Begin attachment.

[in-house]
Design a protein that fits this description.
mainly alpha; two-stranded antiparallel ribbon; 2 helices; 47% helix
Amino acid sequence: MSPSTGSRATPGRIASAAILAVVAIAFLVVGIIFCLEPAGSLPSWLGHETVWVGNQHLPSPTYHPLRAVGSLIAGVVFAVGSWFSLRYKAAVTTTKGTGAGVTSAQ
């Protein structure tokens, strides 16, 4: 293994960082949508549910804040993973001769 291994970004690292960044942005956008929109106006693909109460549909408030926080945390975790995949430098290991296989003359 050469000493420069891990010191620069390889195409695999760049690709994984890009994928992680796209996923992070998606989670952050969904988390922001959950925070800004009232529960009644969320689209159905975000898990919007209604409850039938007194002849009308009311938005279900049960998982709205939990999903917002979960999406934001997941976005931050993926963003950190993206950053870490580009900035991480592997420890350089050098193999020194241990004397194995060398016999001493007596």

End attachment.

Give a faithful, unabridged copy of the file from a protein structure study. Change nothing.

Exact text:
[in-house]
Design a protein that fits this description.
mainly alpha; two-stranded antiparallel ribbon; 2 helices; 47% helix
Amino acid sequence: MSPSTGSRATPGRIASAAILAVVAIAFLVVGIIFCLEPAGSLPSWLGHETVWVGNQHLPSPTYHPLRAVGSLIAGVVFAVGSWFSLRYKAAVTTTKGTGAGVTSAQ
């Protein structure tokens, strides 16, 4: 293994960082949508549910804040993973001769 291994970004690292960044942005956008929109106006693909109460549909408030926080945390975790995949430098290991296989003359 050469000493420069891990010191620069390889195409695999760049690709994984890009994928992680796209996923992070998606989670952050969904988390922001959950925070800004009232529960009644969320689209159905975000898990919007209604409850039938007194002849009308009311938005279900049960998982709205939990999903917002979960999406934001997941976005931050993926963003950190993206950053870490580009900035991480592997420890350089050098193999020194241990004397194995060398016999001493007596």